News Release

National Park Service Releases Coastal Adaptation Strategies Handbook

Aerial view of ocean inlet

NPS Photo/Fire Island National Seashore

News Release Date: October 31, 2016

Contact: Jeffrey Olson, 202-208-6843

Includes Lessons Learned on Fourth Anniversary of Hurricane Sandy

WASHINGTON – National parks near coastal areas of the Northeast have long since recovered from Hurricane Sandy and are in better shape for the next tropical storm. “We learned a lot after Sandy,” said National Park Service Director Jonathan B. Jarvis. “It’s a case study in how we look at protecting vulnerable coastal resources and infrastructure from avoidable impacts.”

Lessons from Sandy and other case studies are part of the Coastal Adaptation Strategies Handbook, a summary of what scientists and park managers know about climate adaptation in coastal areas. The handbook highlights the processes and tools parks have available for response and recovery from tropical storms and hurricanes and offers strategies to address rising sea levels.

Handbook co-editor Dr. Rebecca Beavers, the NPS’ lead coastal geologist said, “This is an important guidance document - a compilation of experience and best management practices for parks in the coastal zone. There is no other handbook available for coastal managers in the public or private sector that addresses this array of topics.”

Beavers and co-editors Courtney Schupp and Dr. Amanda Babson, compiled contributions from more than a dozen NPS authors and partners with expertise in natural and cultural resources management and science, infrastructure, planning, communication, and policy. Those authors, Schupp said, have decades of experience in managing park resources and providing context for addressing current park challenges with new strategies from the field of climate change adaptation.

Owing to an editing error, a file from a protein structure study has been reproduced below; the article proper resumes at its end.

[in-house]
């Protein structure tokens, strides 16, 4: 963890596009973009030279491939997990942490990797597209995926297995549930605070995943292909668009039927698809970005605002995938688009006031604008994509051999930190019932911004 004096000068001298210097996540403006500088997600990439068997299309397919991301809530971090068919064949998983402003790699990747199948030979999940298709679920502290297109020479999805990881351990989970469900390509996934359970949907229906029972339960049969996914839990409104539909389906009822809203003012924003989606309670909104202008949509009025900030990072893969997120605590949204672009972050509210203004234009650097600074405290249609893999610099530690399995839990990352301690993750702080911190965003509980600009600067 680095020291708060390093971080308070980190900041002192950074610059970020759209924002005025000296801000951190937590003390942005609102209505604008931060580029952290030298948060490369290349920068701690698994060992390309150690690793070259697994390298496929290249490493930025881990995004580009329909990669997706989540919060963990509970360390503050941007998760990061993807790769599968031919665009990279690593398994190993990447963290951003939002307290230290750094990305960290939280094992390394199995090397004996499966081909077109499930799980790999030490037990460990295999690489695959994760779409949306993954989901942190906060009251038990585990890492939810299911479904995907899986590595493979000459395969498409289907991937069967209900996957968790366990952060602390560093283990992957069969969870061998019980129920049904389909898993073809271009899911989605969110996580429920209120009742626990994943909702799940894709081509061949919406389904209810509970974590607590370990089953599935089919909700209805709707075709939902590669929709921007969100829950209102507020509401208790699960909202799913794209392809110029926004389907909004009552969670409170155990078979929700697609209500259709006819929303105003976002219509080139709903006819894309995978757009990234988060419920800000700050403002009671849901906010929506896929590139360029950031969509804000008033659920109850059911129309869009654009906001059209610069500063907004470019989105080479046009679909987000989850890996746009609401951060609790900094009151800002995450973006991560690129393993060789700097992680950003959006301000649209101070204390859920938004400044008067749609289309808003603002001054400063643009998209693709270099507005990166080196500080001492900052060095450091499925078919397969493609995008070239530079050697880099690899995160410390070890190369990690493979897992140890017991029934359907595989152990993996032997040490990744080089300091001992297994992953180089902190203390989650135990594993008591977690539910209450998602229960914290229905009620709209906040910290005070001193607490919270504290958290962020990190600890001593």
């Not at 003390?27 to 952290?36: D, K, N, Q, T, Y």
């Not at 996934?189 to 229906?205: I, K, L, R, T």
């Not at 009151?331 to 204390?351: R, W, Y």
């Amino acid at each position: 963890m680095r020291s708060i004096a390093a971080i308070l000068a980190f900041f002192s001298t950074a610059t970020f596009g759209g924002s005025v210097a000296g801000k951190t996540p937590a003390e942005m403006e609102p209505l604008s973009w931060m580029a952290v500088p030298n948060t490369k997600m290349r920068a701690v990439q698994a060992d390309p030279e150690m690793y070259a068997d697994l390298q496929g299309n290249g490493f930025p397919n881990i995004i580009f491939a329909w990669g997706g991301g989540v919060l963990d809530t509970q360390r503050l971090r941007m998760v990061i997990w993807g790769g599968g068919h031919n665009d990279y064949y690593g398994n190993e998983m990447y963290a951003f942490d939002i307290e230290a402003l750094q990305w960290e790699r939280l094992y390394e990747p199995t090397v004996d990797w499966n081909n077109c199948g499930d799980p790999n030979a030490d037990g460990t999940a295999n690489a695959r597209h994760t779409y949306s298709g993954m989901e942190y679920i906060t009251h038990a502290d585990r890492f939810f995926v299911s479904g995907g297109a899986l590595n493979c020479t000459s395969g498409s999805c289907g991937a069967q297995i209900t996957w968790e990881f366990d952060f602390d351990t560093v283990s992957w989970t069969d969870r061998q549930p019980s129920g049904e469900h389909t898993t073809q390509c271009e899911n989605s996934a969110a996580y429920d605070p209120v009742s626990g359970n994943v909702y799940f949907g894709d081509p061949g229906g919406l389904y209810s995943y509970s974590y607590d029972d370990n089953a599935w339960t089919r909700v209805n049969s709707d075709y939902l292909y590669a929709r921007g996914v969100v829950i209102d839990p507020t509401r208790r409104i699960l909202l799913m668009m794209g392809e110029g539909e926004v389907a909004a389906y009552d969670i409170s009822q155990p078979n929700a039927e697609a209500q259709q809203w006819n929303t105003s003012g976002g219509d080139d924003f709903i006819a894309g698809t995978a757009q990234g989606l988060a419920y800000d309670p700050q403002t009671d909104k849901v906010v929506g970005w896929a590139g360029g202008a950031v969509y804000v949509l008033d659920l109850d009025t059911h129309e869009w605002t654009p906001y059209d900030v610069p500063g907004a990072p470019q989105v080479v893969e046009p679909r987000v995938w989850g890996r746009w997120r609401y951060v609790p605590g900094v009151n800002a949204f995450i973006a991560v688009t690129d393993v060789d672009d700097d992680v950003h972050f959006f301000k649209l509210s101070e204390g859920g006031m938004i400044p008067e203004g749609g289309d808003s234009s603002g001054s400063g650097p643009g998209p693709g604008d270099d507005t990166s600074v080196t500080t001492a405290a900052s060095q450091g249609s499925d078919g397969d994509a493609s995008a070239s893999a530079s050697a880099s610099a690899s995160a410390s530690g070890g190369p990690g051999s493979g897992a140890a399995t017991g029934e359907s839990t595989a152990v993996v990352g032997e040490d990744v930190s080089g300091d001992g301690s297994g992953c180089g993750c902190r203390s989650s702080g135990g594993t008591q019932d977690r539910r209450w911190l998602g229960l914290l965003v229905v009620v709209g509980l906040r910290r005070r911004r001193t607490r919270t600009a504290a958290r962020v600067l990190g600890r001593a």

Babson said the handbook also outlines decision-making processes NPS managers can use in protecting parks threatened by diverse coastal climate change challenges. “We are moving forward with strategies and taking action in parks so, as the climate changes and affects parks, we can continue to serve visitors and provide stewardship and protection of natural and cultural resources.”

The National Park Service manages 88 ocean, coastal, and Great Lakes parks and this handbook has resources applicable to them all. An additional 35 parks are subject to coastal influence, though some do not manage a shoreline. In all, more than one-third of the 413 parks in the National Park System must prepare to adapt to coastal climate change impacts.

The Coastal Adaptation Strategies Handbook complements an earlier compilation of  24 case studies from NPS managers working to combat climate change impacts on coastal park resources. The report comes during the National Park Service’s 100th anniversary in 2016 and is part of Director Jarvis’ A Call to Action, in which the NPS highlighted a need to plan for climate change in how we manage America’s iconic natural, historic and cultural landscapes.


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Last updated: October 31, 2016